Understanding the science behind CPAP therapy can help you understand why it’s recommended and how it can help with your Sleep Apnea. According to an article published in the medical journal Respiratory Care3, PAP therapy works by using air pressure to open your collapsed airway during sleep.

showing a man sleeping with a cpap machine

“CPAP” stands for “continuous positive airway pressure.” CPAP machines are the most effective non-surgical treatment for Sleep Apnea. There are several types of machines that can help with Sleep Apnea symptoms.

 

Most Sleep Apnea patients use an Auto CPAP Machine (APAP) because it can automatically adjust to the correct pressure while you sleep. This means fewer visits to the doctor to adjust your pressure and less concern about whether factors, like weight gain or loss, have created changes in your pressure needs.

It’s also important to find the best CPAP mask for your lifestyle. Some masks use a nasal pillow, which is a cushion that fits directly into the base of your nose. Others include a mask that goes over your nose and mouth or a mask that covers the nose only.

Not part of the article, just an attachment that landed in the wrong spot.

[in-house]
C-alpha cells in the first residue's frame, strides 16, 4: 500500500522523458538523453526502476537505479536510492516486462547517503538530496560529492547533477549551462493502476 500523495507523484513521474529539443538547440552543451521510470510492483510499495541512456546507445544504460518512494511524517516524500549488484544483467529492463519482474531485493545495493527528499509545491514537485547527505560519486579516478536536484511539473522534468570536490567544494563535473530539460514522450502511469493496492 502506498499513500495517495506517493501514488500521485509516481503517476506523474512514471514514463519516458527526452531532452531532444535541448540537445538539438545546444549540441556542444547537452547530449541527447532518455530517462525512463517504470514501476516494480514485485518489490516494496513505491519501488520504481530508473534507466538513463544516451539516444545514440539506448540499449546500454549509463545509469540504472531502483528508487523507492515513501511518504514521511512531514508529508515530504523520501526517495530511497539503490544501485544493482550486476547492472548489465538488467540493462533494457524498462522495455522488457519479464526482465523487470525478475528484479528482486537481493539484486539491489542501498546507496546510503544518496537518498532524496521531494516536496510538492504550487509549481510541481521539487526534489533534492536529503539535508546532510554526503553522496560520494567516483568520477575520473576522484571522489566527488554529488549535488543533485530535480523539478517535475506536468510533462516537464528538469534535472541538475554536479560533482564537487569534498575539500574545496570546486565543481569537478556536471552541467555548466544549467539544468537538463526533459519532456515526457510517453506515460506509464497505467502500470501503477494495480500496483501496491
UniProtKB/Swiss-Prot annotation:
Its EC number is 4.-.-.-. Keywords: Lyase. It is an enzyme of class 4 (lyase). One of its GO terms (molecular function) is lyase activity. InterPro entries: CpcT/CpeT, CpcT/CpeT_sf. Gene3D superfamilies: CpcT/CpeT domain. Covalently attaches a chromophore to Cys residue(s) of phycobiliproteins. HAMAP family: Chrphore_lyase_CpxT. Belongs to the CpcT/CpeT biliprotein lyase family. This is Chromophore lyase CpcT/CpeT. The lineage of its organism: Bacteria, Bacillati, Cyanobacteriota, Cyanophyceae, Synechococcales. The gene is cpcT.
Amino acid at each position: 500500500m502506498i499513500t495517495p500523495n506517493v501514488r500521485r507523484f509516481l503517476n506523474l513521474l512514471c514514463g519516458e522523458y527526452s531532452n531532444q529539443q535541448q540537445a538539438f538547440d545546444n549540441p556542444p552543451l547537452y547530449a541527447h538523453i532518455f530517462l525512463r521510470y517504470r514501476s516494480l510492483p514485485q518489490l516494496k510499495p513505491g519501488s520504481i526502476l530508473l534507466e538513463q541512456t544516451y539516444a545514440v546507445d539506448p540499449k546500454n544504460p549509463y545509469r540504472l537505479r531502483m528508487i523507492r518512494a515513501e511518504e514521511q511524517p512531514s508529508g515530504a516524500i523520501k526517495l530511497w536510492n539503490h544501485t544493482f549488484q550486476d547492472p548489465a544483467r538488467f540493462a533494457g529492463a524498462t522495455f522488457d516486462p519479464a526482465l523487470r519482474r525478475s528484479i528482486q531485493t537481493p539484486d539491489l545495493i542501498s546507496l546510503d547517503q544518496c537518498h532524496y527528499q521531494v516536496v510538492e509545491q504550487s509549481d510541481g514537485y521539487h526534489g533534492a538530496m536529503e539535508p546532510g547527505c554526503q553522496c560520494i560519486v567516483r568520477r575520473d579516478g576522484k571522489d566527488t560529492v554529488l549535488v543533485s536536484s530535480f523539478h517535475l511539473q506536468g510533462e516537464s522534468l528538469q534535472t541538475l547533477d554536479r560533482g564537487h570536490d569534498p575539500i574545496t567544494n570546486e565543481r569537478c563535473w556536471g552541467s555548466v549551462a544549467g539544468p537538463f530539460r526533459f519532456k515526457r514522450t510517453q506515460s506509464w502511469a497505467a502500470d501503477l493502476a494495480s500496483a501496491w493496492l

If you have been using a CPAP machine for several weeks and are still wondering how long does it take to feel better with CPAP, talk to your doctor to make sure you are using the machine correctly. For optimum effect, your CPAP should be used every night when you go to sleep.

Trying out different mask styles can be helpful if you are having trouble sleeping or if you showing a cpap maskare experiencing side effects like a sore throat, nasal congestion or irritation on your skin. By working with your healthcare providers, you can find the right fit for you. Your doctor may recommend nasal spray medications or a humidifier if side effects are keeping you from feeling as good as you should.

What if I Have other Questions about CPAP and Sleep Apnea?